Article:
which is designated a wilderness area.
Rather than allowing wild salmonids to
naturally colonize this pristine habitat, the agencies and the Tribe
are going ahead with a plan that will release approximately four
million juvenile hatchery salmonids annually throughout the recovery,
including the continued release of non-native steelhead during a
five-year fishing moratorium.
The hatchery releases will be
supported by a new fish hatchery on the Elwha River built with $16.4
million of Stimulus Act funds.
State and federal agency scientists
pointed out that the current plan gives no measureable goals for wild
fish recovery, provides no timetable for ceasing the hatchery
production, and that ultimately, wild fish recovery is going to be
hampered by the hatchery fish.
A review released this week by the
independent Hatchery Scientific Review Group (HSRG), which was
organized and funded by Congress, has echoed these concerns.
“While the Tribe played an
essential role in removing the dams,” said Kurt Beardslee,
Executive Director of Wild Fish Conservancy, “their intent to now
plant millions of hatchery fish in disregard of the scientific evidence
undermines salmon recovery in the Northwest and the goals of the ESA.
"However you look at it, it's a
horrible precedent if left to stand.”
Will Atlas, chair of the FFF Steelhead
Committee, stated “The science does not support planting of
hatchery fish into this productive, pristine habitat.”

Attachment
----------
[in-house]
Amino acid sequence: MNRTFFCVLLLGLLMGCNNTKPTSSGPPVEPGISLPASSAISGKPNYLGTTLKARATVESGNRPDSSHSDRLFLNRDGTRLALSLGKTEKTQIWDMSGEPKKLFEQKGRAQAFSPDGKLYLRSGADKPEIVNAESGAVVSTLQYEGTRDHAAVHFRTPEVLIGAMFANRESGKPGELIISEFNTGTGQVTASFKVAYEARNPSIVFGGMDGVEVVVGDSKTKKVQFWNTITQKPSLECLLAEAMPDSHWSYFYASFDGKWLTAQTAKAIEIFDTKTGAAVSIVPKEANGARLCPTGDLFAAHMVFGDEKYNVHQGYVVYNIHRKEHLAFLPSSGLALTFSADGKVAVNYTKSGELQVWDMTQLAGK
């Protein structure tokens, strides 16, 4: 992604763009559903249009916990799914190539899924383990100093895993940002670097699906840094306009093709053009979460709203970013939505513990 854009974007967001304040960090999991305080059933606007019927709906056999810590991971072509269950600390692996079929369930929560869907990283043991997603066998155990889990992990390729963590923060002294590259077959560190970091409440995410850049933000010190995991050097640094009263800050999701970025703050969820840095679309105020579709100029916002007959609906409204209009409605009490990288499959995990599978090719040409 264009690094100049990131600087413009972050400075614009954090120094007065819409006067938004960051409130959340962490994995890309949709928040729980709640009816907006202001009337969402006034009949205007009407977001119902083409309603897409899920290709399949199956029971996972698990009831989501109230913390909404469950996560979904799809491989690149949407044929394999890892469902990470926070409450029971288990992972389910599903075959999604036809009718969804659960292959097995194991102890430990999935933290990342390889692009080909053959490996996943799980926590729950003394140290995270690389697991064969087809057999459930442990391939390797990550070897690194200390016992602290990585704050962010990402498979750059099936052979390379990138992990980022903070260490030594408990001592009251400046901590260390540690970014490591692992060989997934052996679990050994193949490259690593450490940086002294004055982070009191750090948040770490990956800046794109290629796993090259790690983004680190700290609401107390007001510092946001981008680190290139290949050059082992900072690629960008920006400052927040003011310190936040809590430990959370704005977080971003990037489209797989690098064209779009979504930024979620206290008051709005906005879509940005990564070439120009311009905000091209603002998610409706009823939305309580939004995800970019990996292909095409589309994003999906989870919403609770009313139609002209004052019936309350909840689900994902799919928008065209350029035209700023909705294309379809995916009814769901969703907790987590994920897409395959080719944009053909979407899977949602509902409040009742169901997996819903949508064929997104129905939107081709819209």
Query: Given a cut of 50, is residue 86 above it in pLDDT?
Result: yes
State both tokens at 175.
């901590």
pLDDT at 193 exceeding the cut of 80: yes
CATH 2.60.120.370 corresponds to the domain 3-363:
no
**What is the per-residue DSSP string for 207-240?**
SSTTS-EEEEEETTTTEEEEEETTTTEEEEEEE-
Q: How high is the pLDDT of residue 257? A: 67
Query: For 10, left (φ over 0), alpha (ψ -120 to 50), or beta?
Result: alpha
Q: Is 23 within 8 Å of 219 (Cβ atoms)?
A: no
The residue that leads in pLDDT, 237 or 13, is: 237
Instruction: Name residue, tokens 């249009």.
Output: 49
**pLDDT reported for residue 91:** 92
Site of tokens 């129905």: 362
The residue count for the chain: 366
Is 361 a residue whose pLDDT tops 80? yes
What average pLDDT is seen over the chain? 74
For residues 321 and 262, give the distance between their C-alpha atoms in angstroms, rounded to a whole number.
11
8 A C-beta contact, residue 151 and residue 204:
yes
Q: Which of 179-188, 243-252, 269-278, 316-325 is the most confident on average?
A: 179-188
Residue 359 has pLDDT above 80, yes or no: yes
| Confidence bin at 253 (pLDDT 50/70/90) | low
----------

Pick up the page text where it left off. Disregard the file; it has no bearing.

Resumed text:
“This action is
necessary,” said Rich Simms, president of the Wild Steelhead
Coalition, “so that wild, not hatchery, steelhead will be
restored to the Elwha and the Olympic Wilderness."
“Their plan is vague and
uncertain about how and when these hatchery interventions will
end,” said Pete Soverel, president of The Conservation Angler.
“The Elwha deserves far better but will end up compromised like
most of our other rivers if this plan is implemented.”
The groups believe that spending $325
million to open a wilderness watershed but then stocking it with
hatchery fish is poor public policy and will likely provoke taxpayer
skepticism toward salmon recovery and future efforts at dam removal.
The groups support the right of the
Lower Elwha Klallam Tribe to harvest salmon and steelhead, but argue
that intensive hatchery production throughout the recovery will reduce
the capacity of wild salmon and steelhead to recolonize the newly
available habitat, harming ESA listed Puget Sound steelhead, Chinook
salmon, and southern resident killer whales that depend on Chinook
salmon for their survival.
The groups are represented by Smith
and Lowney, PLLC, of Seattle.
Wild Fish Conservancy is a non-profit
organization dedicated to the recovery and conservation of the
Northwest region's wild-fish ecosystems, with over 2,500 members.
Wild Fish Conservancy's staff of over
20 professional scientists, advocates, and educators works to promote
technically and socially responsible habitat, hatchery, and harvest
management to better sustain the region's wild fish heritage. For more
information, visit us at http://wildfishconservancy.org or follow us on Facebook at http://facebook.com/wildfishconservancy.